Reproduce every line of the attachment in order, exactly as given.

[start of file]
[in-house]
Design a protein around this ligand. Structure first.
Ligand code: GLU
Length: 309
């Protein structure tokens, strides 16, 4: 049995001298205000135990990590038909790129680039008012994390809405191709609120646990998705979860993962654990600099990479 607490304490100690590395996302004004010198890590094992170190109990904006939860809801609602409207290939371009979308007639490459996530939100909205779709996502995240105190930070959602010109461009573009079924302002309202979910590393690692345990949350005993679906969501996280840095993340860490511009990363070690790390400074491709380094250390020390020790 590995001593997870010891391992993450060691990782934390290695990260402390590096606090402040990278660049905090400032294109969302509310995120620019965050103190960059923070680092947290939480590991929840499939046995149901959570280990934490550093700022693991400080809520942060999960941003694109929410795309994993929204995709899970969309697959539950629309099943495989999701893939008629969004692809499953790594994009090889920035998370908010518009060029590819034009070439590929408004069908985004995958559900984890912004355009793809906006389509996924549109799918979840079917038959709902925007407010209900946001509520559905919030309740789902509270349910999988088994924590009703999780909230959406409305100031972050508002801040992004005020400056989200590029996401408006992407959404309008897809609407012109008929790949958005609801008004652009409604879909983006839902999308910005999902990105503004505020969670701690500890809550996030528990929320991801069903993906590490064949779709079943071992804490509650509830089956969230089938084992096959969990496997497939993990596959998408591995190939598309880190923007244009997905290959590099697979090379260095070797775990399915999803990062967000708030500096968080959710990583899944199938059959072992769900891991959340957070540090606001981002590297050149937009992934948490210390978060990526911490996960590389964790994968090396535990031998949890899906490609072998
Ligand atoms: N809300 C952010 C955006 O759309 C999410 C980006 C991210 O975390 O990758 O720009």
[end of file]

[in-house]
Design a protein around this ligand. Structure first.
Ligand code: GLU
Length: 309
């Protein structure tokens, strides 16, 4: 049995001298205000135990990590038909790129680039008012994390809405191709609120646990998705979860993962654990600099990479 607490304490100690590395996302004004010198890590094992170190109990904006939860809801609602409207290939371009979308007639490459996530939100909205779709996502995240105190930070959602010109461009573009079924302002309202979910590393690692345990949350005993679906969501996280840095993340860490511009990363070690790390400074491709380094250390020390020790 590995001593997870010891391992993450060691990782934390290695990260402390590096606090402040990278660049905090400032294109969302509310995120620019965050103190960059923070680092947290939480590991929840499939046995149901959570280990934490550093700022693991400080809520942060999960941003694109929410795309994993929204995709899970969309697959539950629309099943495989999701893939008629969004692809499953790594994009090889920035998370908010518009060029590819034009070439590929408004069908985004995958559900984890912004355009793809906006389509996924549109799918979840079917038959709902925007407010209900946001509520559905919030309740789902509270349910999988088994924590009703999780909230959406409305100031972050508002801040992004005020400056989200590029996401408006992407959404309008897809609407012109008929790949958005609801008004652009409604879909983006839902999308910005999902990105503004505020969670701690500890809550996030528990929320991801069903993906590490064949779709079943071992804490509650509830089956969230089938084992096959969990496997497939993990596959998408591995190939598309880190923007244009997905290959590099697979090379260095070797775990399915999803990062967000708030500096968080959710990583899944199938059959072992769900891991959340957070540090606001981002590297050149937009992934948490210390978060990526911490996960590389964790994968090396535990031998949890899906490609072998
Ligand atoms: N809300 C952010 C955006 O759309 C999410 C980006 C991210 O975390 O990758 O720009």